Classical music too often is more admired than enjoyed, like a cherished toy in its original packaging. Symphonies are scaled for formal presentation in grand halls, but much of the classical repertoire is more compactly scored for smaller groups and more intimate spaces, recital halls and galleries. Both forms break free of their staid habitats Sunday, taking to the streets of Carytown for an innovative, free-range Mozart Festival.
The event is sponsored by Classical Revolution RVA, the local chapter of an international organization of musicians "dedicated to performing high-quality chamber music in nontraditional settings." The group started as the standalone Classical Incarnations, a monthly series of Sunday night gigs at Balliceaux. Organized by Ellen Cockerham, a violinist with the Richmond Symphony, the ever-shifting ensembles first drew exclusively on symphony players, but grew quickly to include freelancers, university students and others. There are more than 120 players who've performed or are waiting to perform, Cockerham says.
The festival unwinds all day, starting at 11 a.m. with a quartet at AlterNatives and followed at noon by "Eine Kleine Brunch Music" at Can Can Brasserie. At 2 p.m., it's children's story time with "The Magic Flute" at Cartwheels and Coffee. For the unhungry or aged, a floating chamber group plays Carytown Bistro at 1 and Plan 9 Records at 2.
You can enjoy adult's story time in the form of a lecture titled "Wolfgang 101" from Virginia Commonwealth University conductor Daniel Myssk, who's at Chop Suey Books at 3. The magnificent Paris, Prague and Jupiter symphonies all somehow cram into Babe's at 4. The Capital Opera presents a greatest hits selection of Mozart arias back at Can Can at 6. And the day ends with a showing of "Amadeus" at the Byrd Theatre at 7:30.
This dazzling 1984 Academy Award-winning film portrays Mozart's genius as a divine gift, mysteriously bestowed on a childish and uncouth lout. While working brilliantly as dramatic narrative, it's almost absurdly unfair to the composer. Mozart was a hardworking musical prodigy and virtuoso pianist who started a far-traveled performing career at the age of 5. He composed more than 600 works, including some of the greatest pieces in Western music, before his death at 35.
"He was endlessly inventive," Cockerham says, "artfully bringing together lots of different kinds of music: Turkish music, Bach, lighter Italian folk songs, hunting music — all kinds of things to keep interest. To his contemporary audience it was as if he was incorporating rock, jazz and hip-hop. To us it just sounds like Mozart."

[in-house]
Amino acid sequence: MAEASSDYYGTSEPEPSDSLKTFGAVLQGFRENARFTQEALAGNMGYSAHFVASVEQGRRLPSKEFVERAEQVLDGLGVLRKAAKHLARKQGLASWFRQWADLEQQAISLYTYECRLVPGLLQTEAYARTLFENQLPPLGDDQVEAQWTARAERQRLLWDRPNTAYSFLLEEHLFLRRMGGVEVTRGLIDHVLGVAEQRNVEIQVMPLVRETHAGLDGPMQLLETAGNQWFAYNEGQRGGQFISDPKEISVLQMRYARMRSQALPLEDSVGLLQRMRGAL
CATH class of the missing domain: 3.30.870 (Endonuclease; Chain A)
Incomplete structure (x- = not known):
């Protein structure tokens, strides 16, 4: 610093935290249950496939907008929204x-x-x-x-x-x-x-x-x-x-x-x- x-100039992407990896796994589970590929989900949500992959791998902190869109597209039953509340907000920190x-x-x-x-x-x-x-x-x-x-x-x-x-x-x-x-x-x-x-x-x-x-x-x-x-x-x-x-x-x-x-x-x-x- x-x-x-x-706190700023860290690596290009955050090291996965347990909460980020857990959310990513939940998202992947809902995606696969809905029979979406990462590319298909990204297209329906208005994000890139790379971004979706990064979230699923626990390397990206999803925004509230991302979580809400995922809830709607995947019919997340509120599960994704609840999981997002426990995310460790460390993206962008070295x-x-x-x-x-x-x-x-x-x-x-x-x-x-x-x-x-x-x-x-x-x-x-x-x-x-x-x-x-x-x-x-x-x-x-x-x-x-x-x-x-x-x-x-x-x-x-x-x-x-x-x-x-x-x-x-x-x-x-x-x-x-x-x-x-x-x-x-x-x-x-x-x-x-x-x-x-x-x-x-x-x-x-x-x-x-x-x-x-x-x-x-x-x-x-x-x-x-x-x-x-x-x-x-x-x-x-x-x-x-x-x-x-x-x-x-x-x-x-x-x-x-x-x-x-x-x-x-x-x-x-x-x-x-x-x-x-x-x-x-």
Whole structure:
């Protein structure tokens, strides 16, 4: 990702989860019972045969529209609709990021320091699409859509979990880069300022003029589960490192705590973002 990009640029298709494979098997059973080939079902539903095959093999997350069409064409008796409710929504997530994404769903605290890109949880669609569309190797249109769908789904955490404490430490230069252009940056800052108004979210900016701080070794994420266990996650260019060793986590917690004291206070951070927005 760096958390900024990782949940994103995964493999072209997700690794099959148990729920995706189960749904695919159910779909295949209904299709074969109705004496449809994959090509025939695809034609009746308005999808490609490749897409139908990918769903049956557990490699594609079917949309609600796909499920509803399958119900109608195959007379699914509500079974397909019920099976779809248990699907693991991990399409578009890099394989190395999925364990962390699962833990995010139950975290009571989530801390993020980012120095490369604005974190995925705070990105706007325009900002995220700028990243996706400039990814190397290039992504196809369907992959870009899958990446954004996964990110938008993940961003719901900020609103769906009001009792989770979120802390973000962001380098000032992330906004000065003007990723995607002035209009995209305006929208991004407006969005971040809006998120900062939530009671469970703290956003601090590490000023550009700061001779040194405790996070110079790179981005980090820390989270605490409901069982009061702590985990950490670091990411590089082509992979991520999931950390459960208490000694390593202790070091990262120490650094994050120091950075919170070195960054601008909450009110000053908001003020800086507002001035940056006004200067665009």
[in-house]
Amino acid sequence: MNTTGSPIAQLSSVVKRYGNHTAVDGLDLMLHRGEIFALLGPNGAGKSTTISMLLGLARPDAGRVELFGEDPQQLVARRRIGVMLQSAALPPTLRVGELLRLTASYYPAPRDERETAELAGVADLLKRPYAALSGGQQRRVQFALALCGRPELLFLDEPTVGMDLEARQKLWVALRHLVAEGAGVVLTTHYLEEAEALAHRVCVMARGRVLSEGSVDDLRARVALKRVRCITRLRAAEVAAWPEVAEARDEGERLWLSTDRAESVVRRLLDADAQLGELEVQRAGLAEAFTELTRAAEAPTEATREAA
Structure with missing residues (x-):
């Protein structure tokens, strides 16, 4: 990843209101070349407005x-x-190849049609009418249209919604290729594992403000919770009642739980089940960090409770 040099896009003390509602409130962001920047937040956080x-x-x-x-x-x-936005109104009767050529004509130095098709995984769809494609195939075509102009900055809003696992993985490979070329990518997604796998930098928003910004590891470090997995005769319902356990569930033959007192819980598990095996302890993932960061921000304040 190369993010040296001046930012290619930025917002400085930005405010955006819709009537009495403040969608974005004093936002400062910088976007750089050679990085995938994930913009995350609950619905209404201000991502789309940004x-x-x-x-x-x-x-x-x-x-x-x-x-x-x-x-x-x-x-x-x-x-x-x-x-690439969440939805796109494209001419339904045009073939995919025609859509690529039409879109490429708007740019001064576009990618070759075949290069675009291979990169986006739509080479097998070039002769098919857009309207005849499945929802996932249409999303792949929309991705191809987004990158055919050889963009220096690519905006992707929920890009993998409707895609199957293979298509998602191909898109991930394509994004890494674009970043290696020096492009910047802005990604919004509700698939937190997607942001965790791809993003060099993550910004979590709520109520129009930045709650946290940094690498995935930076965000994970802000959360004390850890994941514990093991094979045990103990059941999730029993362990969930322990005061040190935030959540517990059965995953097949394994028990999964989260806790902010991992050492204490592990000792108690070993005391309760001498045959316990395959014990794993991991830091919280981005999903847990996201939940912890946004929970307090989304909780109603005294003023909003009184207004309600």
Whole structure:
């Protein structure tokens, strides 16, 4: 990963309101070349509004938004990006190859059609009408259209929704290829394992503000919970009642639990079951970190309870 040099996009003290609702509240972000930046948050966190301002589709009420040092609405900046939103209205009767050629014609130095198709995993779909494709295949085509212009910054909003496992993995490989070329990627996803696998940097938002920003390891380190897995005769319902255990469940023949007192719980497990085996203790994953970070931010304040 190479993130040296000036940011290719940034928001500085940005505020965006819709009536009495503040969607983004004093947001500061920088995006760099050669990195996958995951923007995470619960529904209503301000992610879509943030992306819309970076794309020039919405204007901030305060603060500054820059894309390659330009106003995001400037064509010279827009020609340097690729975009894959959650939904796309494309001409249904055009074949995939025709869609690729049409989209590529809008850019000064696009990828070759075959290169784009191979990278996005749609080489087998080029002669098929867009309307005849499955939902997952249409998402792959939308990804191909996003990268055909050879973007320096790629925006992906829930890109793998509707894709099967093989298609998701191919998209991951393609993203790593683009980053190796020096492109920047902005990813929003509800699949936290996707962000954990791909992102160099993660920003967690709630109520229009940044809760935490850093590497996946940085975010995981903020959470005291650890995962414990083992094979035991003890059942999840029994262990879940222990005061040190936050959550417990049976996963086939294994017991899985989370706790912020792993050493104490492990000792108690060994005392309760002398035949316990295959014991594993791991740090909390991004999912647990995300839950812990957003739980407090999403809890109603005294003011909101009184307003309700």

With Beethoven's protean, tortured intensity cast as the model for heroic genius, the prolific, often lighthearted Mozart became viewed as the opposite — the effortless, God-kissed savant. Just add inane giggling and a drunken fart joke or two and you have the tragically gauche buffoon of "Amadeus."
In reality, for art to seem effortless there's inevitably the mask of long preparation.
"All of us playing in Classical Revolution, even the nonprofessional musicians, have had to practice every day since we were small children," Cockerham says. "You have to do that to play as well as we do. It is becoming popular to ironically pick up an instrument and learn to play it just well enough to form a band. But it is still important to preserve the idea of lifelong dedication to one's craft."
With more than 50 players involved in the festival, centuries of solitary practice will blossom in midwinter Carytown. "It is a unique opportunity to encounter this great music," Cockerham says. "I've been to countless festivals, but none were brought to the people in this way. It's something new that I hope will continue."
At midnight during the afterparty, Mozart turns 258. At least he would have if he, unlike his eternally astounding music, were immortal. S
The Mozart Festival takes place at various locations in Carytown on Jan. 26. Tickets will be on sale at AlterNatives for $4 in advance or at the Byrd for $5 on the day of the event.